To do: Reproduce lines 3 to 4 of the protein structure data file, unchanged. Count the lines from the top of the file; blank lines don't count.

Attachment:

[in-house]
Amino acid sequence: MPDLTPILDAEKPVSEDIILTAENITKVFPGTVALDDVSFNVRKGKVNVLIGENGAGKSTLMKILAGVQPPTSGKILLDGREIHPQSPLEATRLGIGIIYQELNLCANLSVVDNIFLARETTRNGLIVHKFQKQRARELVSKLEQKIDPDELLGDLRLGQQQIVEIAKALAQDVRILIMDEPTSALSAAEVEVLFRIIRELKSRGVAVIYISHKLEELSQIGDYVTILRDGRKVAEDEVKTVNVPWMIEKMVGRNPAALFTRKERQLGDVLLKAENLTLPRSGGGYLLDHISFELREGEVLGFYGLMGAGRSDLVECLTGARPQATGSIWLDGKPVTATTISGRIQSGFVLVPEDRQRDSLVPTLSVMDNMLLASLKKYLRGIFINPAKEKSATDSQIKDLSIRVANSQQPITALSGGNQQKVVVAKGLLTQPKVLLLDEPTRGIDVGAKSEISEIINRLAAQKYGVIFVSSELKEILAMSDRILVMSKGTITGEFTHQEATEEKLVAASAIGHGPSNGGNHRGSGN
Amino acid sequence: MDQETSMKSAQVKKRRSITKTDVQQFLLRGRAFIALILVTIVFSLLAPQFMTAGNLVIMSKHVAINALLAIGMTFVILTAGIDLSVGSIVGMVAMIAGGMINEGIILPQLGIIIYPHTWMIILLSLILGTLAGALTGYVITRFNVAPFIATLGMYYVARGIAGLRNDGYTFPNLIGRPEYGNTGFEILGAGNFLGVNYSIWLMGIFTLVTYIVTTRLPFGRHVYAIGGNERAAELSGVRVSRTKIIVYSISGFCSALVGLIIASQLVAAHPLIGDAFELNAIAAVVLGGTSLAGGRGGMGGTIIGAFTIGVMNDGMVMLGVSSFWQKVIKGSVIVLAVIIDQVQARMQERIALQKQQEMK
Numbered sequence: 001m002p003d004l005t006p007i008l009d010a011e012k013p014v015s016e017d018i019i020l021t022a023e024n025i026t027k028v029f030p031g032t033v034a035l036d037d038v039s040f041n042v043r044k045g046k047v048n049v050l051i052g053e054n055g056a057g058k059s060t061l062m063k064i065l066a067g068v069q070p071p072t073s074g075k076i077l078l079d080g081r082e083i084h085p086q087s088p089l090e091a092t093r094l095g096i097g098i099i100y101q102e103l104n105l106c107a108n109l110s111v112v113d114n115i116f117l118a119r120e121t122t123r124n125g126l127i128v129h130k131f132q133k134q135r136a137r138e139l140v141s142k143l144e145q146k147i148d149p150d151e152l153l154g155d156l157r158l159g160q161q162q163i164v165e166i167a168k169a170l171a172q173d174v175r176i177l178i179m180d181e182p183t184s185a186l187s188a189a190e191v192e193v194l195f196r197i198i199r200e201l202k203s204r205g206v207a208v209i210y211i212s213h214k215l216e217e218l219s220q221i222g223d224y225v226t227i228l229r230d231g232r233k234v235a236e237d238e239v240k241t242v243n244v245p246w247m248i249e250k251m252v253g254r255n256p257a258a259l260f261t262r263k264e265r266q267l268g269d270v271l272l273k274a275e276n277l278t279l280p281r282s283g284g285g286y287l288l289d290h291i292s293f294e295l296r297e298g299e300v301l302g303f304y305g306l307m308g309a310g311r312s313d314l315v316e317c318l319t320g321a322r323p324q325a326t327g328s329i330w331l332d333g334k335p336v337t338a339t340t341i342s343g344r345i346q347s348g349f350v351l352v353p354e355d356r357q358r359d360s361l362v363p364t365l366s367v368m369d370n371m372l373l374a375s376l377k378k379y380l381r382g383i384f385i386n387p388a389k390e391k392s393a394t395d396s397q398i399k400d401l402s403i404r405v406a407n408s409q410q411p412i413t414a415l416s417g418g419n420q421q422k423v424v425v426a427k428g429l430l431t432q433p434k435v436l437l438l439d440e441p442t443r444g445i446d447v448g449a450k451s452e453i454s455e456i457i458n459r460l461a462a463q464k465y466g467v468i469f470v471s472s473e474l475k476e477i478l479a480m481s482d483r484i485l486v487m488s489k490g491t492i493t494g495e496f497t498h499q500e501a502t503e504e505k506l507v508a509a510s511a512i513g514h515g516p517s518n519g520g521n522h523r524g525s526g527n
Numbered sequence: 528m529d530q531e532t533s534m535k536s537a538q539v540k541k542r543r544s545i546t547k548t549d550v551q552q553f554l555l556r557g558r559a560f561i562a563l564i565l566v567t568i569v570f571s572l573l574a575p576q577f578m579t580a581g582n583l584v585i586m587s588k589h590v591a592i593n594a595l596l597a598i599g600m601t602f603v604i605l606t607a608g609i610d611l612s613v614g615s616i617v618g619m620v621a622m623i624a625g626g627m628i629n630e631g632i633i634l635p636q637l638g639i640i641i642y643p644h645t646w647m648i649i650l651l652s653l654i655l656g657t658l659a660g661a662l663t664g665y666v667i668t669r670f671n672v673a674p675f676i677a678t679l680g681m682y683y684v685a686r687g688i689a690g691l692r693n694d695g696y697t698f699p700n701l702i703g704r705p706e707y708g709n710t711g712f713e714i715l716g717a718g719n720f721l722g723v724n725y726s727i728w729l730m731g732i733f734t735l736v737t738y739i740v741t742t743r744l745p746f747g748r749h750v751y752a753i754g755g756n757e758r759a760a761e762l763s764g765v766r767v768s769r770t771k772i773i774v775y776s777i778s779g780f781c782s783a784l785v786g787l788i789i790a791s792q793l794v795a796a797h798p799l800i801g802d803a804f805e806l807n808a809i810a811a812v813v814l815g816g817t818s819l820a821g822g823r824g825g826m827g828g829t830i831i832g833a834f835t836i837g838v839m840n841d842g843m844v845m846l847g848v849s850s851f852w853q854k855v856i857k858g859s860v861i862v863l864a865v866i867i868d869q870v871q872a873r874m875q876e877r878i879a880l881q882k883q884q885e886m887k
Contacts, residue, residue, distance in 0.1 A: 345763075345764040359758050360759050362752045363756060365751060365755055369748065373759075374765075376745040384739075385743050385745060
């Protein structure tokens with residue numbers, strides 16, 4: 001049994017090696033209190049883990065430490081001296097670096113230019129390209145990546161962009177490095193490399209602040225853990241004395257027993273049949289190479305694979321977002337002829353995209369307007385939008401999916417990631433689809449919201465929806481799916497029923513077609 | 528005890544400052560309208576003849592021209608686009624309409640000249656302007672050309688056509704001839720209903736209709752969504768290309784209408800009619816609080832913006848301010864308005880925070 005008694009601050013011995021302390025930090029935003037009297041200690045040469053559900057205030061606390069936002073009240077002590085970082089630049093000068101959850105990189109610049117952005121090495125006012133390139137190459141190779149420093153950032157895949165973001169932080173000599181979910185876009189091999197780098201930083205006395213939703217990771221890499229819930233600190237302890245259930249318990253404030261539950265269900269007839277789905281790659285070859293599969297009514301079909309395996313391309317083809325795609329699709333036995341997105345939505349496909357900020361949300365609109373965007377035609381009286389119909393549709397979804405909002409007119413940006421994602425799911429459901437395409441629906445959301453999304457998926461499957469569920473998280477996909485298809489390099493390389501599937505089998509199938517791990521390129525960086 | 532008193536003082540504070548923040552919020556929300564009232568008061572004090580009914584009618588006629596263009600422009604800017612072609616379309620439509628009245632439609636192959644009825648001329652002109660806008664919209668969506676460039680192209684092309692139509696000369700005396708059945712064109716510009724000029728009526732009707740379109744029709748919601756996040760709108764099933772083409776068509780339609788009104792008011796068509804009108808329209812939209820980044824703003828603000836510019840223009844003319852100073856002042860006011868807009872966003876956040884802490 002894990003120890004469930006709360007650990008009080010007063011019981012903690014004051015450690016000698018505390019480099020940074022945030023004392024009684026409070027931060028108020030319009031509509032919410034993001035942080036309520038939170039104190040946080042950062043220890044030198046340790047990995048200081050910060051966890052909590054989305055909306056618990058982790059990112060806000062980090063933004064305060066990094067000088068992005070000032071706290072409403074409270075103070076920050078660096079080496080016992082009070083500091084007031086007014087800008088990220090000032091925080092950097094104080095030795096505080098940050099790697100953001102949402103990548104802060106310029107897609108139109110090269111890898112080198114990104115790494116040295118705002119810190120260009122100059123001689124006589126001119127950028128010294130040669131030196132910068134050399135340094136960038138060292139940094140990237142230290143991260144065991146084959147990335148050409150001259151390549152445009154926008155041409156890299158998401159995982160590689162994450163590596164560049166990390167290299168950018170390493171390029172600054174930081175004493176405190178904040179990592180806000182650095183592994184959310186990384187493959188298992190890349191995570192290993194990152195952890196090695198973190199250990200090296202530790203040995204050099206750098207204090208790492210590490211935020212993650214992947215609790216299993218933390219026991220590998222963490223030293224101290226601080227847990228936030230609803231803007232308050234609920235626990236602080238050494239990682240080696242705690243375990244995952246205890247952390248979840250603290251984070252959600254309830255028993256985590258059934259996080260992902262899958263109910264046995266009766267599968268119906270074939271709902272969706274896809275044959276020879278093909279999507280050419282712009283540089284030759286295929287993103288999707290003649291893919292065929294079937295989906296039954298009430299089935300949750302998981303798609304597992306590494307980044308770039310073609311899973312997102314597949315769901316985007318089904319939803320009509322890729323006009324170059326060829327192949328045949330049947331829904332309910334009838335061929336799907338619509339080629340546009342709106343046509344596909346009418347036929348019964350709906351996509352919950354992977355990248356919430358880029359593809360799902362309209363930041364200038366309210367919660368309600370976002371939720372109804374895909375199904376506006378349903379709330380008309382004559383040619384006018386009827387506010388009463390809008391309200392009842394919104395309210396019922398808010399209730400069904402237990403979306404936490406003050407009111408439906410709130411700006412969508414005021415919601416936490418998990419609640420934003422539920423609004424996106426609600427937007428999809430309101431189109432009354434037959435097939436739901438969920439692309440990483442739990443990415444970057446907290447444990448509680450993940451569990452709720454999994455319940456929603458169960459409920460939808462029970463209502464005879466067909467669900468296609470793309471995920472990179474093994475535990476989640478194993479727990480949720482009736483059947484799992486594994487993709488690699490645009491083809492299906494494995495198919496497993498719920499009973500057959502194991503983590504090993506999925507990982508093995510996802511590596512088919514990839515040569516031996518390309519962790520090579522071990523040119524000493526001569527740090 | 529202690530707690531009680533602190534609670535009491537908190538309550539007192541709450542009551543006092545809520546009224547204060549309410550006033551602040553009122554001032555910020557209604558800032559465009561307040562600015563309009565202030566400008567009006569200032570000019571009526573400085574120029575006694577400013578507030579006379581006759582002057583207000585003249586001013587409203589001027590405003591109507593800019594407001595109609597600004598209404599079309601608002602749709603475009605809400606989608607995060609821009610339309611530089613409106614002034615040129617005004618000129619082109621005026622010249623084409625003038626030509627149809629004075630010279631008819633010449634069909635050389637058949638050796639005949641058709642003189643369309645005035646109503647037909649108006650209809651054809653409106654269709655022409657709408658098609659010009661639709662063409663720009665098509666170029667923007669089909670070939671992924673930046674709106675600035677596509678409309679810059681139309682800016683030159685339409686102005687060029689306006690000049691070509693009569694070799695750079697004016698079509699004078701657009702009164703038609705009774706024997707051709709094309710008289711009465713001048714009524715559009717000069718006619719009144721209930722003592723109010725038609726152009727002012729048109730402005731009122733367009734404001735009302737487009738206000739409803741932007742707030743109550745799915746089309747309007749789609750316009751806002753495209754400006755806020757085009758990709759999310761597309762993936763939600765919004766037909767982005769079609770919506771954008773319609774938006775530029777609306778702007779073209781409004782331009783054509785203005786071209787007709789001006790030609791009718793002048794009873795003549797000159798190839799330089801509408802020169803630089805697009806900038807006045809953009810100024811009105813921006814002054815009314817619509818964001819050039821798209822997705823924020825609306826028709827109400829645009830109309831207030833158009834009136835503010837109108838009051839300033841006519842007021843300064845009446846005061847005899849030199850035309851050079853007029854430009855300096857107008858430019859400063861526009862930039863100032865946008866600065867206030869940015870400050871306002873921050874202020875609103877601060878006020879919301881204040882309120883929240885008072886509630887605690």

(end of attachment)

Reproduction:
Amino acid sequence: MDQETSMKSAQVKKRRSITKTDVQQFLLRGRAFIALILVTIVFSLLAPQFMTAGNLVIMSKHVAINALLAIGMTFVILTAGIDLSVGSIVGMVAMIAGGMINEGIILPQLGIIIYPHTWMIILLSLILGTLAGALTGYVITRFNVAPFIATLGMYYVARGIAGLRNDGYTFPNLIGRPEYGNTGFEILGAGNFLGVNYSIWLMGIFTLVTYIVTTRLPFGRHVYAIGGNERAAELSGVRVSRTKIIVYSISGFCSALVGLIIASQLVAAHPLIGDAFELNAIAAVVLGGTSLAGGRGGMGGTIIGAFTIGVMNDGMVMLGVSSFWQKVIKGSVIVLAVIIDQVQARMQERIALQKQQEMK
Numbered sequence: 001m002p003d004l005t006p007i008l009d010a011e012k013p014v015s016e017d018i019i020l021t022a023e024n025i026t027k028v029f030p031g032t033v034a035l036d037d038v039s040f041n042v043r044k045g046k047v048n049v050l051i052g053e054n055g056a057g058k059s060t061l062m063k064i065l066a067g068v069q070p071p072t073s074g075k076i077l078l079d080g081r082e083i084h085p086q087s088p089l090e091a092t093r094l095g096i097g098i099i100y101q102e103l104n105l106c107a108n109l110s111v112v113d114n115i116f117l118a119r120e121t122t123r124n125g126l127i128v129h130k131f132q133k134q135r136a137r138e139l140v141s142k143l144e145q146k147i148d149p150d151e152l153l154g155d156l157r158l159g160q161q162q163i164v165e166i167a168k169a170l171a172q173d174v175r176i177l178i179m180d181e182p183t184s185a186l187s188a189a190e191v192e193v194l195f196r197i198i199r200e201l202k203s204r205g206v207a208v209i210y211i212s213h214k215l216e217e218l219s220q221i222g223d224y225v226t227i228l229r230d231g232r233k234v235a236e237d238e239v240k241t242v243n244v245p246w247m248i249e250k251m252v253g254r255n256p257a258a259l260f261t262r263k264e265r266q267l268g269d270v271l272l273k274a275e276n277l278t279l280p281r282s283g284g285g286y287l288l289d290h291i292s293f294e295l296r297e298g299e300v301l302g303f304y305g306l307m308g309a310g311r312s313d314l315v316e317c318l319t320g321a322r323p324q325a326t327g328s329i330w331l332d333g334k335p336v337t338a339t340t341i342s343g344r345i346q347s348g349f350v351l352v353p354e355d356r357q358r359d360s361l362v363p364t365l366s367v368m369d370n371m372l373l374a375s376l377k378k379y380l381r382g383i384f385i386n387p388a389k390e391k392s393a394t395d396s397q398i399k400d401l402s403i404r405v406a407n408s409q410q411p412i413t414a415l416s417g418g419n420q421q422k423v424v425v426a427k428g429l430l431t432q433p434k435v436l437l438l439d440e441p442t443r444g445i446d447v448g449a450k451s452e453i454s455e456i457i458n459r460l461a462a463q464k465y466g467v468i469f470v471s472s473e474l475k476e477i478l479a480m481s482d483r484i485l486v487m488s489k490g491t492i493t494g495e496f497t498h499q500e501a502t503e504e505k506l507v508a509a510s511a512i513g514h515g516p517s518n519g520g521n522h523r524g525s526g527n